Sounding off on the talking heads
In a recent equipment review (KZG U-Wood, I believe), I referred to former PGA Tour golden boy-turned-TV golf commentator Johnny Miller, “an insufferable know-it-all.” One of our fine readers wrote in, defending Miller’s honor.
The reader wrote, “Where do you get announcers that are more truthful and accurate than Mr. Miller? His sometimes dry and sarcastic approach is a breath of fresh air relative to the ‘cookie-cutter’ announcers that repeat the same golf lines over and over. And his knowledge of the game is unsurpassed.”
I will admit that Miller is knowledgeable, and truthful, indeed. So I revise my statement: Miller is a knowledgeable and truthful insufferable know-it-all.
Was I the only one who noticed two years ago when Golf Digest ran an issue in which nearly every article—on every topic from the majorless Mickelson to packing for a golf trip—was accompanied by a sidebar entitled, “Johnny Says”? What sort of ego-maniac would ever even consider being a part of such a thing?
I mean come on – Miller won a couple of majors and was an inhumanly gifted iron-player, but this in no way qualifies him to tell me how to pack for a golf trip.
And check out the latest Golf Digest. In it, former Ryder Cuppers are asked for their favorite memories. Miller’s contribution consists of whining, and I quote: “I was the U.S. Open champion in 1973, and I wasn’t on the team. You had to be on the tour for five years. I would have made it on two other Ryder Cups, just because I was a great player out of the box. Imagine being the U.S. Open champion and not being eligible for the Ryder Cup? How stupid was that rule?”
Stupid rule, sure. But I can only imagine the sigh of relief when the other team members found out he was ineligible and they didn’t have to put up with his preening. Hey Johnny, maybe you should see a urologist – at least he’d pay attention when you piss and moan.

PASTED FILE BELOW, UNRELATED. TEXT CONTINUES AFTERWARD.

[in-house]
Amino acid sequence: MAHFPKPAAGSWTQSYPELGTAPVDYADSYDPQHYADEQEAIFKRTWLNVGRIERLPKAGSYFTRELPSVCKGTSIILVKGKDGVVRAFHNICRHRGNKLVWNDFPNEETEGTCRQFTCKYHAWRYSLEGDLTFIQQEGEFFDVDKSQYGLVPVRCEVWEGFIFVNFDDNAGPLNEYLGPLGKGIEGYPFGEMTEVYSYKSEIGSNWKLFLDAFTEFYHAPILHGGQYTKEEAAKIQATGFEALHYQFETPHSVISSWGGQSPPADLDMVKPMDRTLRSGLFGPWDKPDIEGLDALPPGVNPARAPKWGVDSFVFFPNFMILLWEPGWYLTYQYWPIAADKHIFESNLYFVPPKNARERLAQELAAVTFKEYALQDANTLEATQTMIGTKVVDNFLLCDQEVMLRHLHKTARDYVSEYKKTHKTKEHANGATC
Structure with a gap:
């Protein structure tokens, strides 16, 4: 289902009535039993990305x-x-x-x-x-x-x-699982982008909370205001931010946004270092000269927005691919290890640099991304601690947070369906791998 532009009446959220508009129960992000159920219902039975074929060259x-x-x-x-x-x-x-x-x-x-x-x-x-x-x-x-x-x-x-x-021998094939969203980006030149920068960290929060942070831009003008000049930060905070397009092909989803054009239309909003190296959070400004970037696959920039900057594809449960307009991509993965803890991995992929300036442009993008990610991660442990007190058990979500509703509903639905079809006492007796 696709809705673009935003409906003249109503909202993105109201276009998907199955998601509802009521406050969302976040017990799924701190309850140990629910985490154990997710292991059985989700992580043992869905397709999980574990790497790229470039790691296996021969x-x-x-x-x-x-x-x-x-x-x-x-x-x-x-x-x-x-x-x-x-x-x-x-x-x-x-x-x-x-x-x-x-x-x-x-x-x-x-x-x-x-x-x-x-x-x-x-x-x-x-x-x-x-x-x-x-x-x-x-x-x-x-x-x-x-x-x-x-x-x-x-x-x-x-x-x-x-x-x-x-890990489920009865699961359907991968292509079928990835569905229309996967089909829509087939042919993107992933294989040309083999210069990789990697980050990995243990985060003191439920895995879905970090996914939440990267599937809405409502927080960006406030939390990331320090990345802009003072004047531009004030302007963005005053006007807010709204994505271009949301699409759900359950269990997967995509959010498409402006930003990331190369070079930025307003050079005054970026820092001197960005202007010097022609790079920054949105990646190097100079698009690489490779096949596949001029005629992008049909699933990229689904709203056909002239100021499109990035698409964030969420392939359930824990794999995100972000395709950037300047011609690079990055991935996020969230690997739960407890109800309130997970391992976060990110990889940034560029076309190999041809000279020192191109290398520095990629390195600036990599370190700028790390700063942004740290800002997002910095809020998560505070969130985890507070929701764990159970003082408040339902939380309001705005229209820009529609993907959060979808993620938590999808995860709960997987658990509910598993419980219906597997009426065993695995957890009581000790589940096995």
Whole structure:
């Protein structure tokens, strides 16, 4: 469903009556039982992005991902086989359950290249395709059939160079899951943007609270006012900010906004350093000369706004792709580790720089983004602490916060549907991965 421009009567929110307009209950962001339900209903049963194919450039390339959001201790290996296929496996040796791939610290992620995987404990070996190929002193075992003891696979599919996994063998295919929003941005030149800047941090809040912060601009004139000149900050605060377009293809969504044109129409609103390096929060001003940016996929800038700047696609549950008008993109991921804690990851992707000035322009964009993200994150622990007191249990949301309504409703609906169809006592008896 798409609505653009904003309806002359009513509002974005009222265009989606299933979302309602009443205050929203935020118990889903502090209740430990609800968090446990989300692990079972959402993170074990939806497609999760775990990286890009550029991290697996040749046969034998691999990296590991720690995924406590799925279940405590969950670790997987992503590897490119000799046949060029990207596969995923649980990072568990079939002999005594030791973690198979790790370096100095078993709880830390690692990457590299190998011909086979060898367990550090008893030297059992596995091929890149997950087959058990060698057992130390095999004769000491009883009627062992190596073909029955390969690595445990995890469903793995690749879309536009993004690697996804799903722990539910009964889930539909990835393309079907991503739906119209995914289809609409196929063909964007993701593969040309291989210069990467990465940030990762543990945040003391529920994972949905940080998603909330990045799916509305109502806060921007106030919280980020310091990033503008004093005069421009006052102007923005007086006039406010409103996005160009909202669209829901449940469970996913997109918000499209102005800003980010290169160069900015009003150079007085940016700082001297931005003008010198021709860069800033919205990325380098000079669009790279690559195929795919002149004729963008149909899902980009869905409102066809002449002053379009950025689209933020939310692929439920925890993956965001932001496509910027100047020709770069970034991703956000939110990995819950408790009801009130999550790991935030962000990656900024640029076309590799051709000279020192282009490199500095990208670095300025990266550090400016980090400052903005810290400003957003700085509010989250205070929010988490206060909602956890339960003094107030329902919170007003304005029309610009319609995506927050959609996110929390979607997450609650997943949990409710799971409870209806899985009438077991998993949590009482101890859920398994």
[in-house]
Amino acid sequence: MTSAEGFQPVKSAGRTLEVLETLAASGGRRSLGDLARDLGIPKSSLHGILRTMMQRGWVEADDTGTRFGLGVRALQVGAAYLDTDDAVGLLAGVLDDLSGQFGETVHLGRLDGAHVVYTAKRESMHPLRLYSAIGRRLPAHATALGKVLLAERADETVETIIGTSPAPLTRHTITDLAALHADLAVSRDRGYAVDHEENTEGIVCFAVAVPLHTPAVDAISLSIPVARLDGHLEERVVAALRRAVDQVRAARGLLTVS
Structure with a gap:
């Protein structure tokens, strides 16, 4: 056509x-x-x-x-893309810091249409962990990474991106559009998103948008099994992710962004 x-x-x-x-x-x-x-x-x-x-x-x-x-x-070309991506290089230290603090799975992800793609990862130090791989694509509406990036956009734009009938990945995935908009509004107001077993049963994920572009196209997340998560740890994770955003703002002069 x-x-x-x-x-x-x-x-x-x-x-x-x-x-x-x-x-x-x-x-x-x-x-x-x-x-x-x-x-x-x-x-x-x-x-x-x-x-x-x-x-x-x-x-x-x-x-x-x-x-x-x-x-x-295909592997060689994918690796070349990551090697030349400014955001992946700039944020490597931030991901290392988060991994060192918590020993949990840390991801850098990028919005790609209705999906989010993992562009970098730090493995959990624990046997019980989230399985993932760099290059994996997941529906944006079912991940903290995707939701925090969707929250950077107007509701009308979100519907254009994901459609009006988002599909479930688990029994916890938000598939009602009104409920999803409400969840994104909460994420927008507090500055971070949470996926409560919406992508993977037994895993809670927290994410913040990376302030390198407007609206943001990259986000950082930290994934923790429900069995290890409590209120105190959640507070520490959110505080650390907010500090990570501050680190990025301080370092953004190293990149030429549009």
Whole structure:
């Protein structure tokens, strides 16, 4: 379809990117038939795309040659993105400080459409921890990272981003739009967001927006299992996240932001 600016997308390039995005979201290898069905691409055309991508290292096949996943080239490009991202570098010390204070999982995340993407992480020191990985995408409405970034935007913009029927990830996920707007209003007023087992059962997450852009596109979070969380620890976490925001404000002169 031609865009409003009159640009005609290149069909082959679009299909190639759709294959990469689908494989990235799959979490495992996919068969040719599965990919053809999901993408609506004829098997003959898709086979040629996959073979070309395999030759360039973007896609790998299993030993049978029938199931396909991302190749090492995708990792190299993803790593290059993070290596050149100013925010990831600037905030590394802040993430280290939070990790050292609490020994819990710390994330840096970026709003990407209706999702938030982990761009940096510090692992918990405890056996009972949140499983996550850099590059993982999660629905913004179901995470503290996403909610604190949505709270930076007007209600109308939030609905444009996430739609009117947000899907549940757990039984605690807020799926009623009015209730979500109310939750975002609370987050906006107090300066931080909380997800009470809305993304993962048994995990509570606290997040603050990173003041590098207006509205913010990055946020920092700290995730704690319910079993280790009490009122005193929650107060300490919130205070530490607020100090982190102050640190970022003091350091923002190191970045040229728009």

Notice how Johnny boy will give everyone advice on everything…other than putting. I guess when a guy yips more than a hyperactive Chihuahua it tends to humble him a bit.
And while we’re (or rather I’m) on the subject, every Sunday I thank the golf gods that Ken Venturi retired. If I had to hear one more time how he nearly collapsed of heat exhaustion when he won the U.S. Open at congressional in 1964, I would have had to do catastrophic harm to my TV with my 9-iron.
Hey Ken, did you ever consider drinking some water during your round? If not water, you could have tried drinking something—anything—WITHOUT booze in it, for a change. When Venturi compared his dehydrated round with Casey Martin’s birth defect as a witness at Martin’s lawsuit against the PGA, he offended and belittled everyone with a non-self-induced disability. It was obscene.
So who do I like in the booth on Sunday? I have a soft spot for the guys from the Continent: Peter Oosterhuis, Peter Alliss (btw, the common taunt is, “Hit it Alliss,” not, “Hit it Alice”), and Renton Laidlaw. They are concise, honest, temperate, and clever, and they know when to shut up.
On the course, David Feherty, Gary McCord, and Judy Rankin are great. And Roger Maltbie is not only a good announcer, he’s a good guy to have a beer with. At the U.S. Women’s Open, he reminded us of how he got blitzed and lost his winner’s check for, I believe it was, the 1975 Pleasant Valley Classic in the clubhouse bar. They cut him a new one, and the original is still hanging in the bar.
You wouldn’t catch Maltbie preaching to you about the best way to fold your golf socks.
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Also, I saw Corey Pavin on a telecast once and he was fantastic. He was rigt on the spot where drives landed and gave info on the lie, distance and club selection.
A: Other know-it-alls who lack conscientiousness and love the sound of their own voice.
I prefer a more enlightened, self-deprecating type of announcer. Johnny Miller, please shut up.